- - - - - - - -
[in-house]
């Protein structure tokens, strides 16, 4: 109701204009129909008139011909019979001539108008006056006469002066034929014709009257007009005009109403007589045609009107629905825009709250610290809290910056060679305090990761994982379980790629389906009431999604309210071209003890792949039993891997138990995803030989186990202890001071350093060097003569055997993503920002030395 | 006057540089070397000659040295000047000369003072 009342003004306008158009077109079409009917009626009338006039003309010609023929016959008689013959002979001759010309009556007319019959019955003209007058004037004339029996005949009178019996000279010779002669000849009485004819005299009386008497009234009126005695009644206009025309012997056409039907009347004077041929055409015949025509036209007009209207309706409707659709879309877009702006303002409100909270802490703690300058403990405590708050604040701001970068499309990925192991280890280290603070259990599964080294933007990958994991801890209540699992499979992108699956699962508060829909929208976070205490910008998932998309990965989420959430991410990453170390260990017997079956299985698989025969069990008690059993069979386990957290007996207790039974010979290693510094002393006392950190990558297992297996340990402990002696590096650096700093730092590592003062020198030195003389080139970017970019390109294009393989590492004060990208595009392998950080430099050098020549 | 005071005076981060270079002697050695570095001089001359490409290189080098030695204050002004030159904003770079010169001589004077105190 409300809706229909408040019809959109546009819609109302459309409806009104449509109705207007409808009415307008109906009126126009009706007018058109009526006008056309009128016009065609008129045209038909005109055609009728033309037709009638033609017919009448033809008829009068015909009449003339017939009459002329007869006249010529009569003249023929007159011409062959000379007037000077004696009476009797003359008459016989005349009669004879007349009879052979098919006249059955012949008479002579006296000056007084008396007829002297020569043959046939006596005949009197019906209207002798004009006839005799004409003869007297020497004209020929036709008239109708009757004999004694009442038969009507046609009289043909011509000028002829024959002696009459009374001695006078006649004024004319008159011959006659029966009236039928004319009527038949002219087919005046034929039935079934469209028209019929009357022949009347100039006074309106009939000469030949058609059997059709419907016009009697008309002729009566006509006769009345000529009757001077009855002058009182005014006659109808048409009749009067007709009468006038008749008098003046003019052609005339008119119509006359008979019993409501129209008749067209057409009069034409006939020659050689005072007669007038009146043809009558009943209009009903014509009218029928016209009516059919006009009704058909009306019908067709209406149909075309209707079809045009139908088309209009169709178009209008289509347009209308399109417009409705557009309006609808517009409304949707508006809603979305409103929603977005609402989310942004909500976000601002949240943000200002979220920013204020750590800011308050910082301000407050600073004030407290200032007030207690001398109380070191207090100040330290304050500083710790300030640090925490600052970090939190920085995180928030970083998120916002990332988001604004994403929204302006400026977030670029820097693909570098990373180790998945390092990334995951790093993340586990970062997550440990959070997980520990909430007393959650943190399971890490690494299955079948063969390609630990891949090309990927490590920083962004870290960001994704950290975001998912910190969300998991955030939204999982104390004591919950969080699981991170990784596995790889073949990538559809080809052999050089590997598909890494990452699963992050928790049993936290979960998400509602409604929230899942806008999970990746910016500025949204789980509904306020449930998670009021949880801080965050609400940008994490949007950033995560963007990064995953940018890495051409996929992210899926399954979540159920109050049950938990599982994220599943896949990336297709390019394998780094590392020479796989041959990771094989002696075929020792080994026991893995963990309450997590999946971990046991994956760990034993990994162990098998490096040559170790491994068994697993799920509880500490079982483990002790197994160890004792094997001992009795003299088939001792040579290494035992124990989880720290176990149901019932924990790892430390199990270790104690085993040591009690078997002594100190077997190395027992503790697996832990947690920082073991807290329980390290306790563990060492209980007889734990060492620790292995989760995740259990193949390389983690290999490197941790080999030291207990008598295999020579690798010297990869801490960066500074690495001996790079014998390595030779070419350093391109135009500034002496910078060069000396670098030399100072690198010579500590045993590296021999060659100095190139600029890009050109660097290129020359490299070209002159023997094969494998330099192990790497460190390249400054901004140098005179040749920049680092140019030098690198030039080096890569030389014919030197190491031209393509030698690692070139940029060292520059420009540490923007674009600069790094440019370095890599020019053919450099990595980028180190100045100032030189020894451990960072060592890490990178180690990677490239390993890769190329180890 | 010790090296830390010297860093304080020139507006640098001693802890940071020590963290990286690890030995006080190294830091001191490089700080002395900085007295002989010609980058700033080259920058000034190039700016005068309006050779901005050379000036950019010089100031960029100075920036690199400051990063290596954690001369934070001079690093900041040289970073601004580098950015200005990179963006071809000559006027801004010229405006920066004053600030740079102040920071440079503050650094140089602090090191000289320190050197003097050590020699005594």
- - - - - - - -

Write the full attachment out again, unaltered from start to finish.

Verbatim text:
[in-house]
């Protein structure tokens, strides 16, 4: 109701204009129909008139011909019979001539108008006056006469002066034929014709009257007009005009109403007589045609009107629905825009709250610290809290910056060679305090990761994982379980790629389906009431999604309210071209003890792949039993891997138990995803030989186990202890001071350093060097003569055997993503920002030395 | 006057540089070397000659040295000047000369003072 009342003004306008158009077109079409009917009626009338006039003309010609023929016959008689013959002979001759010309009556007319019959019955003209007058004037004339029996005949009178019996000279010779002669000849009485004819005299009386008497009234009126005695009644206009025309012997056409039907009347004077041929055409015949025509036209007009209207309706409707659709879309877009702006303002409100909270802490703690300058403990405590708050604040701001970068499309990925192991280890280290603070259990599964080294933007990958994991801890209540699992499979992108699956699962508060829909929208976070205490910008998932998309990965989420959430991410990453170390260990017997079956299985698989025969069990008690059993069979386990957290007996207790039974010979290693510094002393006392950190990558297992297996340990402990002696590096650096700093730092590592003062020198030195003389080139970017970019390109294009393989590492004060990208595009392998950080430099050098020549 | 005071005076981060270079002697050695570095001089001359490409290189080098030695204050002004030159904003770079010169001589004077105190 409300809706229909408040019809959109546009819609109302459309409806009104449509109705207007409808009415307008109906009126126009009706007018058109009526006008056309009128016009065609008129045209038909005109055609009728033309037709009638033609017919009448033809008829009068015909009449003339017939009459002329007869006249010529009569003249023929007159011409062959000379007037000077004696009476009797003359008459016989005349009669004879007349009879052979098919006249059955012949008479002579006296000056007084008396007829002297020569043959046939006596005949009197019906209207002798004009006839005799004409003869007297020497004209020929036709008239109708009757004999004694009442038969009507046609009289043909011509000028002829024959002696009459009374001695006078006649004024004319008159011959006659029966009236039928004319009527038949002219087919005046034929039935079934469209028209019929009357022949009347100039006074309106009939000469030949058609059997059709419907016009009697008309002729009566006509006769009345000529009757001077009855002058009182005014006659109808048409009749009067007709009468006038008749008098003046003019052609005339008119119509006359008979019993409501129209008749067209057409009069034409006939020659050689005072007669007038009146043809009558009943209009009903014509009218029928016209009516059919006009009704058909009306019908067709209406149909075309209707079809045009139908088309209009169709178009209008289509347009209308399109417009409705557009309006609808517009409304949707508006809603979305409103929603977005609402989310942004909500976000601002949240943000200002979220920013204020750590800011308050910082301000407050600073004030407290200032007030207690001398109380070191207090100040330290304050500083710790300030640090925490600052970090939190920085995180928030970083998120916002990332988001604004994403929204302006400026977030670029820097693909570098990373180790998945390092990334995951790093993340586990970062997550440990959070997980520990909430007393959650943190399971890490690494299955079948063969390609630990891949090309990927490590920083962004870290960001994704950290975001998912910190969300998991955030939204999982104390004591919950969080699981991170990784596995790889073949990538559809080809052999050089590997598909890494990452699963992050928790049993936290979960998400509602409604929230899942806008999970990746910016500025949204789980509904306020449930998670009021949880801080965050609400940008994490949007950033995560963007990064995953940018890495051409996929992210899926399954979540159920109050049950938990599982994220599943896949990336297709390019394998780094590392020479796989041959990771094989002696075929020792080994026991893995963990309450997590999946971990046991994956760990034993990994162990098998490096040559170790491994068994697993799920509880500490079982483990002790197994160890004792094997001992009795003299088939001792040579290494035992124990989880720290176990149901019932924990790892430390199990270790104690085993040591009690078997002594100190077997190395027992503790697996832990947690920082073991807290329980390290306790563990060492209980007889734990060492620790292995989760995740259990193949390389983690290999490197941790080999030291207990008598295999020579690798010297990869801490960066500074690495001996790079014998390595030779070419350093391109135009500034002496910078060069000396670098030399100072690198010579500590045993590296021999060659100095190139600029890009050109660097290129020359490299070209002159023997094969494998330099192990790497460190390249400054901004140098005179040749920049680092140019030098690198030039080096890569030389014919030197190491031209393509030698690692070139940029060292520059420009540490923007674009600069790094440019370095890599020019053919450099990595980028180190100045100032030189020894451990960072060592890490990178180690990677490239390993890769190329180890 | 010790090296830390010297860093304080020139507006640098001693802890940071020590963290990286690890030995006080190294830091001191490089700080002395900085007295002989010609980058700033080259920058000034190039700016005068309006050779901005050379000036950019010089100031960029100075920036690199400051990063290596954690001369934070001079690093900041040289970073601004580098950015200005990179963006071809000559006027801004010229405006920066004053600030740079102040920071440079503050650094140089602090090191000289320190050197003097050590020699005594």